United Nations weapons inspectors used helicopters Tuesday to broaden their search for Iraq's alleged weapons of mass destruction.
U.N. inspectors took to the skies for the first time since their hunt for banned weapons in Iraq began in late November, dismissing charges by Iraqi President Saddam Hussein that they are carrying out intelligence work. They say they are trying to do their job professionally and objectively.
A dozen experts flew from their headquarters in Baghdad to a phosphate factory, some 400 kilometers west of the capital. The factory used to process uranium before the 1991 Gulf War. The experts will be using about six helicopters to help intensify their inspections.
In addition, on Saturday they opened a new base in northern Iraq to increase their inspections in that area. Other inspection teams drove to at least five sites.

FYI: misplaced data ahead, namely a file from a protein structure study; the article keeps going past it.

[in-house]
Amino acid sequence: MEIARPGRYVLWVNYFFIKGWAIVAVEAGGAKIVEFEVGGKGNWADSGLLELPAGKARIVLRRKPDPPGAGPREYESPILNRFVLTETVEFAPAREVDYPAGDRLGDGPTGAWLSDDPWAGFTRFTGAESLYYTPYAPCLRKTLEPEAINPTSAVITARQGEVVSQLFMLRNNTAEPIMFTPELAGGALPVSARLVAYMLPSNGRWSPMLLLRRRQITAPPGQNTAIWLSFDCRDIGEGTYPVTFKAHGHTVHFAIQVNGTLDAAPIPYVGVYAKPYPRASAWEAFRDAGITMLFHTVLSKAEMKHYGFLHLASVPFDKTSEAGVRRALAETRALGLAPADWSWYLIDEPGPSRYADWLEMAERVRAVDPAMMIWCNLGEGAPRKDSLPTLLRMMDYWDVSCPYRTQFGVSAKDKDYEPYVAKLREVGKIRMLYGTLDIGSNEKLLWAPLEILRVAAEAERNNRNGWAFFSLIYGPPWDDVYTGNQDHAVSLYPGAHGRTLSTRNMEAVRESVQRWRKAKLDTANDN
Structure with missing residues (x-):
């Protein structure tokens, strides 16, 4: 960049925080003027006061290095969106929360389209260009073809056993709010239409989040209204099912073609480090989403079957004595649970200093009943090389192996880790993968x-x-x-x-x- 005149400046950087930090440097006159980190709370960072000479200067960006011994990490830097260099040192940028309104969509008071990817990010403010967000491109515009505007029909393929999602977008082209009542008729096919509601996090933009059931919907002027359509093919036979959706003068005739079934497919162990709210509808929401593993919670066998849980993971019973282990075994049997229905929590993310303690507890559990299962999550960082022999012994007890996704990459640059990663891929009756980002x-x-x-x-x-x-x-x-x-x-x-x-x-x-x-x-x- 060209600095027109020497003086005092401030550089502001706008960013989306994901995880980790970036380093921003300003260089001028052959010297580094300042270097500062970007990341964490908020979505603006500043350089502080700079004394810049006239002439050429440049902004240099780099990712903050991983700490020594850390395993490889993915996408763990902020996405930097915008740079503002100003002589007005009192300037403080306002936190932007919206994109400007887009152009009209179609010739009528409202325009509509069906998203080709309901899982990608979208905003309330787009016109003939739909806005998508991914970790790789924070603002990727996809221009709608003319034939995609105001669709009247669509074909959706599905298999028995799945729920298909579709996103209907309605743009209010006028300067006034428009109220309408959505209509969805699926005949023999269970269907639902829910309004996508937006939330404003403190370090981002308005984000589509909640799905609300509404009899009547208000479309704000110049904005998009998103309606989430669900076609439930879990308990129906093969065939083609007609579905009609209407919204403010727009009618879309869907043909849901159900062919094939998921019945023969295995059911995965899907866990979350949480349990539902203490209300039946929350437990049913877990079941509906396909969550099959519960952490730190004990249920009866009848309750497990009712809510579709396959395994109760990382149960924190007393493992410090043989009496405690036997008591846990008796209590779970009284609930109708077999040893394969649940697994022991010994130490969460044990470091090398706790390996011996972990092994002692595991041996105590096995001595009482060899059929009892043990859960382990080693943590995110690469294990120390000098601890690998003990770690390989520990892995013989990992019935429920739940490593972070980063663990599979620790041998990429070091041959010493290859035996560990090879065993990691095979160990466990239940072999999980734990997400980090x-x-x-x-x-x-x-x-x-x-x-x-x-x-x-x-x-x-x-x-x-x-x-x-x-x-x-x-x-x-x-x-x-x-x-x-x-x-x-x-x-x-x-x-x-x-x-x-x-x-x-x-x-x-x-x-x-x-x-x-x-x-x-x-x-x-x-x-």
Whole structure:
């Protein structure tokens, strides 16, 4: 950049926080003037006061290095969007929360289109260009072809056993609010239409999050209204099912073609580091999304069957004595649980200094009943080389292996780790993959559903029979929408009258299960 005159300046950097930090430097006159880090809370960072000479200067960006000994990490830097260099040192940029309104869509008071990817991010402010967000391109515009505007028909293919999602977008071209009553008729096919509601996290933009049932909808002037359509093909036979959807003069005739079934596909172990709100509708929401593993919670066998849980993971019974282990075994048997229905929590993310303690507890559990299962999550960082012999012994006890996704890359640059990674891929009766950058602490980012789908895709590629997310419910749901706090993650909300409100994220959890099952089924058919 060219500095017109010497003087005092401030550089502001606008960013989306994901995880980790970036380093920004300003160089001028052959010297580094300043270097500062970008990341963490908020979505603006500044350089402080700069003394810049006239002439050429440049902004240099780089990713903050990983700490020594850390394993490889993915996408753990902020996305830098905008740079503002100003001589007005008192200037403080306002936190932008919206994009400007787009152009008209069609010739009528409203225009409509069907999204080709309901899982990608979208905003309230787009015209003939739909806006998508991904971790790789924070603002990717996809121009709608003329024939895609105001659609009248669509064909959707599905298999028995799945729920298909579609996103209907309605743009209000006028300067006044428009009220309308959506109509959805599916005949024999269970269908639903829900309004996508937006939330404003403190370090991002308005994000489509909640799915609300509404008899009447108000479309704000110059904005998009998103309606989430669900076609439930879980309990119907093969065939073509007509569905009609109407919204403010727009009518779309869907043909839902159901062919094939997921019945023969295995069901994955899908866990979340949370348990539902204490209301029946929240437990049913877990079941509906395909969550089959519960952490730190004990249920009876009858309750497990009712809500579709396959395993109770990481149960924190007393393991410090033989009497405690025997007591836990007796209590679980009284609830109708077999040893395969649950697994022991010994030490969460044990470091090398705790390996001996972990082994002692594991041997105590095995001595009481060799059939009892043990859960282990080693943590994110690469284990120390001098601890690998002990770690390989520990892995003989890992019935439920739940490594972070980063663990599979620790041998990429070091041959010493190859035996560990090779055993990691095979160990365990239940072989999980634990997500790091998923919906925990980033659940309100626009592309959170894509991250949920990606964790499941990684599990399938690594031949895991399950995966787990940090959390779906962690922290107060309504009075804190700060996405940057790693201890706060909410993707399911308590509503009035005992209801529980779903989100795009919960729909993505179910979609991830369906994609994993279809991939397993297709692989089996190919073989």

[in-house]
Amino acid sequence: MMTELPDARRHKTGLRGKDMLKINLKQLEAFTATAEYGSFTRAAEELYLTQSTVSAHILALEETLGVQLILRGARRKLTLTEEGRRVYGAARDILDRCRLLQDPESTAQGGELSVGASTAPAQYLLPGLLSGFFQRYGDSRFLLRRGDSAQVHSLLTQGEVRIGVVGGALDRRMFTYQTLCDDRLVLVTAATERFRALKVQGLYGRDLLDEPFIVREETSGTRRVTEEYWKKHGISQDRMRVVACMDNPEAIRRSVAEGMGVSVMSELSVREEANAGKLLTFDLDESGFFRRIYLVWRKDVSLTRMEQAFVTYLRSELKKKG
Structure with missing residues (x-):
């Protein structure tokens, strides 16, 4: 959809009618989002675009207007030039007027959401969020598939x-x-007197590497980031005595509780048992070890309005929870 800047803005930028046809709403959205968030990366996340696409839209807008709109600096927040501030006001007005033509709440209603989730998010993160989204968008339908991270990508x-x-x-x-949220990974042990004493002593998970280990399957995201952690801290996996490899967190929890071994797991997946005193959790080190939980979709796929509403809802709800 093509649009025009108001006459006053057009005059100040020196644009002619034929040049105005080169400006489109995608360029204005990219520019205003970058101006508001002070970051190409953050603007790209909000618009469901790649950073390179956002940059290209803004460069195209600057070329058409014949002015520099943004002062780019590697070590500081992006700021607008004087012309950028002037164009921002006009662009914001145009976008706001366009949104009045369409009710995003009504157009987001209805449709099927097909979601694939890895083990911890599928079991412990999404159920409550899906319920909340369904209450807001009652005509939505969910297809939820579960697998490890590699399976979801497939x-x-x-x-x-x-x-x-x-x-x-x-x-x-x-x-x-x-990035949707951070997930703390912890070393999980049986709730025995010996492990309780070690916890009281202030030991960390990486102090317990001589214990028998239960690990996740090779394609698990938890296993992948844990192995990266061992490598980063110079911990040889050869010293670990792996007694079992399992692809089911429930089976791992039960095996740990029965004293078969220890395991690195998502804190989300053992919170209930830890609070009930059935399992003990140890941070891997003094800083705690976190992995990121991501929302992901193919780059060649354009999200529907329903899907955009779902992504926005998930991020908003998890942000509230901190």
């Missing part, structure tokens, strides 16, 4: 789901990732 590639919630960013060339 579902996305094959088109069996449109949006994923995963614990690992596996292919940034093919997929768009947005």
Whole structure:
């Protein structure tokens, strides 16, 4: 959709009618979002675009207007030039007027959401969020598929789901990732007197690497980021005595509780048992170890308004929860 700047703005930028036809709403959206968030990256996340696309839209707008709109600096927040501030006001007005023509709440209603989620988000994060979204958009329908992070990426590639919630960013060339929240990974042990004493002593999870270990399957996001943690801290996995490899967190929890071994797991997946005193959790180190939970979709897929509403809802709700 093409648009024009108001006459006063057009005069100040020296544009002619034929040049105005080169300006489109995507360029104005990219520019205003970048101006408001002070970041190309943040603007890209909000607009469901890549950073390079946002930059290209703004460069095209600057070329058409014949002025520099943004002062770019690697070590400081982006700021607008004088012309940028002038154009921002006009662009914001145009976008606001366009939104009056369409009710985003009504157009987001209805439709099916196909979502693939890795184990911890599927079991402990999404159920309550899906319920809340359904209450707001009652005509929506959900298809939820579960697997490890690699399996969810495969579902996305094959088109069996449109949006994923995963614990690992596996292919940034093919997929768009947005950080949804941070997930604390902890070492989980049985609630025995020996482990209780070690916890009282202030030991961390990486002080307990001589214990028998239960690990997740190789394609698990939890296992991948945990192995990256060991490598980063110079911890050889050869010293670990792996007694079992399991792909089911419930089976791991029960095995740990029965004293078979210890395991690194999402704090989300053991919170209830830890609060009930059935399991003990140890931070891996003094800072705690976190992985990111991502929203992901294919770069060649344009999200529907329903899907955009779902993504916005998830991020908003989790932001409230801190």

So far, the U.N. inspectors say they have not found any evidence of an illegal weapons program in Iraq after a four-year monitoring absence there.
As the United States and Britain are speeding up the deployment of troops to the Gulf for a potential war in Iraq, U.S. President George W. Bush says Baghdad still has time to avert a military showdown. But he called President Hussein's defiant speech accusing inspectors of spying discouraging, particularly when taken with what Washington charges is his incomplete weapons declaration to the United Nations.